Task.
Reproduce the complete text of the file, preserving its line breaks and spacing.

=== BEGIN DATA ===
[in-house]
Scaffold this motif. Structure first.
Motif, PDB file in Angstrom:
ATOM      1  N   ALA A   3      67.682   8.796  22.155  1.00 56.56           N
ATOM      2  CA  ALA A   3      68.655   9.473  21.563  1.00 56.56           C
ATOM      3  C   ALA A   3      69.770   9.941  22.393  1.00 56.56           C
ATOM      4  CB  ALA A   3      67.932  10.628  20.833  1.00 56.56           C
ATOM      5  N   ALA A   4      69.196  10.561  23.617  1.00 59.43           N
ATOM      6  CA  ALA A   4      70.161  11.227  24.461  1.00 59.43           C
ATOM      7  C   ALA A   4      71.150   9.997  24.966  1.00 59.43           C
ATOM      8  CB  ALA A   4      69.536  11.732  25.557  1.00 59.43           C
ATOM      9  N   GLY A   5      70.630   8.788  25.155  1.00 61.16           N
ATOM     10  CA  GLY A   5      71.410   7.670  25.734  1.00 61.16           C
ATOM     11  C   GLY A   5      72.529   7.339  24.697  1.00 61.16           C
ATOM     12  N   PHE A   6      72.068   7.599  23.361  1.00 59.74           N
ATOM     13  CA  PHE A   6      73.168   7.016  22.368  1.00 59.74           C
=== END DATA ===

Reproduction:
[in-house]
Scaffold this motif. Structure first.
Motif, PDB file in Angstrom:
ATOM      1  N   ALA A   3      67.682   8.796  22.155  1.00 56.56           N
ATOM      2  CA  ALA A   3      68.655   9.473  21.563  1.00 56.56           C
ATOM      3  C   ALA A   3      69.770   9.941  22.393  1.00 56.56           C
ATOM      4  CB  ALA A   3      67.932  10.628  20.833  1.00 56.56           C
ATOM      5  N   ALA A   4      69.196  10.561  23.617  1.00 59.43           N
ATOM      6  CA  ALA A   4      70.161  11.227  24.461  1.00 59.43           C
ATOM      7  C   ALA A   4      71.150   9.997  24.966  1.00 59.43           C
ATOM      8  CB  ALA A   4      69.536  11.732  25.557  1.00 59.43           C
ATOM      9  N   GLY A   5      70.630   8.788  25.155  1.00 61.16           N
ATOM     10  CA  GLY A   5      71.410   7.670  25.734  1.00 61.16           C
ATOM     11  C   GLY A   5      72.529   7.339  24.697  1.00 61.16           C
ATOM     12  N   PHE A   6      72.068   7.599  23.361  1.00 59.74           N
ATOM     13  CA  PHE A   6      73.168   7.016  22.368  1.00 59.74           C